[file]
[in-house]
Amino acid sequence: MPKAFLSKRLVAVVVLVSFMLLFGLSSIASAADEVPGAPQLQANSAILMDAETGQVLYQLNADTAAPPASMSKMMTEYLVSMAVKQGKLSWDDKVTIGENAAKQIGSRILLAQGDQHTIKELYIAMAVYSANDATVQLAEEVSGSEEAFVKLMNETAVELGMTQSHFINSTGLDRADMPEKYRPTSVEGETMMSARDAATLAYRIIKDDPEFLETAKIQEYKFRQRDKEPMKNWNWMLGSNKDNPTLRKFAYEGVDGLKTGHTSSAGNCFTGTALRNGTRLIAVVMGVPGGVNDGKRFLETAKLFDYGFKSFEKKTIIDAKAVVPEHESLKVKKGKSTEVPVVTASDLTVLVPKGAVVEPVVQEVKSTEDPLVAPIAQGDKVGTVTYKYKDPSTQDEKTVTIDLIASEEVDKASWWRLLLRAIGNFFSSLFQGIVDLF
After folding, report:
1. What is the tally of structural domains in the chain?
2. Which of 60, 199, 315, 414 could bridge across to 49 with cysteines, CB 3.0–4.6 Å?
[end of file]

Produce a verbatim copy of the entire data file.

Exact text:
[in-house]
Amino acid sequence: MPKAFLSKRLVAVVVLVSFMLLFGLSSIASAADEVPGAPQLQANSAILMDAETGQVLYQLNADTAAPPASMSKMMTEYLVSMAVKQGKLSWDDKVTIGENAAKQIGSRILLAQGDQHTIKELYIAMAVYSANDATVQLAEEVSGSEEAFVKLMNETAVELGMTQSHFINSTGLDRADMPEKYRPTSVEGETMMSARDAATLAYRIIKDDPEFLETAKIQEYKFRQRDKEPMKNWNWMLGSNKDNPTLRKFAYEGVDGLKTGHTSSAGNCFTGTALRNGTRLIAVVMGVPGGVNDGKRFLETAKLFDYGFKSFEKKTIIDAKAVVPEHESLKVKKGKSTEVPVVTASDLTVLVPKGAVVEPVVQEVKSTEDPLVAPIAQGDKVGTVTYKYKDPSTQDEKTVTIDLIASEEVDKASWWRLLLRAIGNFFSSLFQGIVDLF
After folding, report:
1. What is the tally of structural domains in the chain?
2. Which of 60, 199, 315, 414 could bridge across to 49 with cysteines, CB 3.0–4.6 Å?